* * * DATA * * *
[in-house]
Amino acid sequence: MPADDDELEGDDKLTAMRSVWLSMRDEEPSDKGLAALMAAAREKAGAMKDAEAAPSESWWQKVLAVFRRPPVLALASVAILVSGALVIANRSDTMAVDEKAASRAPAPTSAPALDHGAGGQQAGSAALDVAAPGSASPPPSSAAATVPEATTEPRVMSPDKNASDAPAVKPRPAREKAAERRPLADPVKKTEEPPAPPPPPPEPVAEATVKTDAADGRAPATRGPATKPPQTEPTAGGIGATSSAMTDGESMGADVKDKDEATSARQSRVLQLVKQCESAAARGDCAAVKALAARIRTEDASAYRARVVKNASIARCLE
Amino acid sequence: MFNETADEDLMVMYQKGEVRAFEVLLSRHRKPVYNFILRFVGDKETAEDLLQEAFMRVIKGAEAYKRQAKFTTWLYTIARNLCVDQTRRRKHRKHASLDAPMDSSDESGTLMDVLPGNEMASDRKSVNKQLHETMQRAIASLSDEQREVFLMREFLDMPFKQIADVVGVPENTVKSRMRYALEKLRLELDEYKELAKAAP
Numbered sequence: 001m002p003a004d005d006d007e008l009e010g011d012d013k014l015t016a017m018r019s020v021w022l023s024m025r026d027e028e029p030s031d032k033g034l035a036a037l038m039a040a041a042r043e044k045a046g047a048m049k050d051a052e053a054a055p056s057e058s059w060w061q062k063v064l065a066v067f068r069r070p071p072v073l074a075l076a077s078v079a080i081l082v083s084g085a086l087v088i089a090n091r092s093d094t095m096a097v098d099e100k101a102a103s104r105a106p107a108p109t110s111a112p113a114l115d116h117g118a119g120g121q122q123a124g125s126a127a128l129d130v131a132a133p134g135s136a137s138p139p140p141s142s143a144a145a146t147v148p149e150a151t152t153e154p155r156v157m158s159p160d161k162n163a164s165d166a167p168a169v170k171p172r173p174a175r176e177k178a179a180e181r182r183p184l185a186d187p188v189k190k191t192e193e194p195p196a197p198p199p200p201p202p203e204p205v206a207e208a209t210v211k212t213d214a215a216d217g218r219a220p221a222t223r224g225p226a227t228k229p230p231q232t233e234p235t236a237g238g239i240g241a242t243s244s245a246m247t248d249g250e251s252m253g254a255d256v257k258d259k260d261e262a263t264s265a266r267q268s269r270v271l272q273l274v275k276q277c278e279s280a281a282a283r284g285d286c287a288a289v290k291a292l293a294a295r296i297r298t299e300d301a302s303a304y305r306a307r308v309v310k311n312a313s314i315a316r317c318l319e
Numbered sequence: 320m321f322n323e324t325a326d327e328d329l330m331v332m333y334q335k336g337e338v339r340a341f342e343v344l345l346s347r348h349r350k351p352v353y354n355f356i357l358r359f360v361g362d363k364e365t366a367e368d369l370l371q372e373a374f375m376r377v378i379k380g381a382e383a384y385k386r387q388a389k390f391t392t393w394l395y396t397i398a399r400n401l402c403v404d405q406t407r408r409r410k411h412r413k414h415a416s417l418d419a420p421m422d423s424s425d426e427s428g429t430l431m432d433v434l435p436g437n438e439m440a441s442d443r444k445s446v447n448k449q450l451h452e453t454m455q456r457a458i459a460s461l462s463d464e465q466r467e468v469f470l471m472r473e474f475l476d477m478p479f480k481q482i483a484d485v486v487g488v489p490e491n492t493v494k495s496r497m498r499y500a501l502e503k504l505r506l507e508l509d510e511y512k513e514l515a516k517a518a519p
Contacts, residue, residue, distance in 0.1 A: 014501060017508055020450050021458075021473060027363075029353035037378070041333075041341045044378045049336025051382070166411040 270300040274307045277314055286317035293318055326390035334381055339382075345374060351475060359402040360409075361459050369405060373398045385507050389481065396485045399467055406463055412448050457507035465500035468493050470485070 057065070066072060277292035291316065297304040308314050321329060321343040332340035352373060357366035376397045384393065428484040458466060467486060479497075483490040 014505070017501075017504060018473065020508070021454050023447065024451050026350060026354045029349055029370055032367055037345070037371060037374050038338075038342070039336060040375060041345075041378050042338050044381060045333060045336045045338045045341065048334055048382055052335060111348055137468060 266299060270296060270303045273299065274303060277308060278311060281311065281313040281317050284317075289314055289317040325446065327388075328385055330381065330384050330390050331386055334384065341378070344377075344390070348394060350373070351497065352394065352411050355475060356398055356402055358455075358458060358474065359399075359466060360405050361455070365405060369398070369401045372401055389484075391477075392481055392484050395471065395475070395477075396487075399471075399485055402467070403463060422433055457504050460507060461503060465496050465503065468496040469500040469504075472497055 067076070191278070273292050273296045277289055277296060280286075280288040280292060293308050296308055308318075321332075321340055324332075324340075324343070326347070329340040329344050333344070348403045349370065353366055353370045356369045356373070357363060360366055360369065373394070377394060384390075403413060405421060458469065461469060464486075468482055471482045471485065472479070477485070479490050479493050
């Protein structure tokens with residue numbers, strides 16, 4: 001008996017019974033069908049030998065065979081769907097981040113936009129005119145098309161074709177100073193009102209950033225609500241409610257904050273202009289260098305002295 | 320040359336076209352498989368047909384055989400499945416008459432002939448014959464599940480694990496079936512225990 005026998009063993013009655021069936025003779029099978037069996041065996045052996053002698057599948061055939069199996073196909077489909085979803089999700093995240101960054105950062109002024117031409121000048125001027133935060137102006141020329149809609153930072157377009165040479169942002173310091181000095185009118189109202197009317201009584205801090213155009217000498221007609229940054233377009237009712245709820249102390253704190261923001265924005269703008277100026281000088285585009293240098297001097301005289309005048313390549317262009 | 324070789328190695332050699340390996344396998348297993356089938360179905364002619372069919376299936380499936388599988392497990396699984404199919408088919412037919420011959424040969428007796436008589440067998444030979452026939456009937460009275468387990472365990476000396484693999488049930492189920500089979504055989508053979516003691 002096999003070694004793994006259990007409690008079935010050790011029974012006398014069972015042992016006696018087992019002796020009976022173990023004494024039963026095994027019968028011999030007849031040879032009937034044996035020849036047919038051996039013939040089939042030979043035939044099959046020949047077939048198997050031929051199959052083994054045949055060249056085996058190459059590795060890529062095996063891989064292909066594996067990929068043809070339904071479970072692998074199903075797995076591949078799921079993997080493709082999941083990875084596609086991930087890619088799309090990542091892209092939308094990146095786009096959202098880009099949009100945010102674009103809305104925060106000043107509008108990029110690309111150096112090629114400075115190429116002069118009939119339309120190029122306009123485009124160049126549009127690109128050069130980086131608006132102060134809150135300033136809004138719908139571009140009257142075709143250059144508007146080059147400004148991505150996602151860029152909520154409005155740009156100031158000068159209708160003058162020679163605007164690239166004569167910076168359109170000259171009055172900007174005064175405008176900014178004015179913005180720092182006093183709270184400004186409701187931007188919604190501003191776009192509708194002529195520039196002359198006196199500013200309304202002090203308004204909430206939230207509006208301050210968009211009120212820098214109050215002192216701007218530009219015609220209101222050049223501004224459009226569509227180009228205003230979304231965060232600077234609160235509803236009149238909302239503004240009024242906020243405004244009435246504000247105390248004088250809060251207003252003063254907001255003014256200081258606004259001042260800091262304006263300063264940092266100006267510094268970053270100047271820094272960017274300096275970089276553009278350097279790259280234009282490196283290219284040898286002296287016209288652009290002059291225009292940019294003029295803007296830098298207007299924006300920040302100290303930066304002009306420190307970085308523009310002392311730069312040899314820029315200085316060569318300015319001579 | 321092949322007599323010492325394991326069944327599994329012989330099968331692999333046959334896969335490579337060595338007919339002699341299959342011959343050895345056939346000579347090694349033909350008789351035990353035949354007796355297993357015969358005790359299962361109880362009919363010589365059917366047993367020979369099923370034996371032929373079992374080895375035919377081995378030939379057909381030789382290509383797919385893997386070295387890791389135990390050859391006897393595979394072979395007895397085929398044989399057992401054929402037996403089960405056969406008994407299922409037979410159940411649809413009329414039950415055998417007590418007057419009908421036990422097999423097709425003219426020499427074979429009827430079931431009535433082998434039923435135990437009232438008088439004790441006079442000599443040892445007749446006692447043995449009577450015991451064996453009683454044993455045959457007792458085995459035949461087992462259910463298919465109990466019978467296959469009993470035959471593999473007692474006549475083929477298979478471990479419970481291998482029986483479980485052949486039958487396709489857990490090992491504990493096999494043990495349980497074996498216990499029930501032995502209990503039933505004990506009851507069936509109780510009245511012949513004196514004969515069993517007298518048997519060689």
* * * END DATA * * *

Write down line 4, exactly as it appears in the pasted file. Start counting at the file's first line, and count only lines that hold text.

Numbered sequence: 001m002p003a004d005d006d007e008l009e010g011d012d013k014l015t016a017m018r019s020v021w022l023s024m025r026d027e028e029p030s031d032k033g034l035a036a037l038m039a040a041a042r043e044k045a046g047a048m049k050d051a052e053a054a055p056s057e058s059w060w061q062k063v064l065a066v067f068r069r070p071p072v073l074a075l076a077s078v079a080i081l082v083s084g085a086l087v088i089a090n091r092s093d094t095m096a097v098d099e100k101a102a103s104r105a106p107a108p109t110s111a112p113a114l115d116h117g118a119g120g121q122q123a124g125s126a127a128l129d130v131a132a133p134g135s136a137s138p139p140p141s142s143a144a145a146t147v148p149e150a151t152t153e154p155r156v157m158s159p160d161k162n163a164s165d166a167p168a169v170k171p172r173p174a175r176e177k178a179a180e181r182r183p184l185a186d187p188v189k190k191t192e193e194p195p196a197p198p199p200p201p202p203e204p205v206a207e208a209t210v211k212t213d214a215a216d217g218r219a220p221a222t223r224g225p226a227t228k229p230p231q232t233e234p235t236a237g238g239i240g241a242t243s244s245a246m247t248d249g250e251s252m253g254a255d256v257k258d259k260d261e262a263t264s265a266r267q268s269r270v271l272q273l274v275k276q277c278e279s280a281a282a283r284g285d286c287a288a289v290k291a292l293a294a295r296i297r298t299e300d301a302s303a304y305r306a307r308v309v310k311n312a313s314i315a316r317c318l319e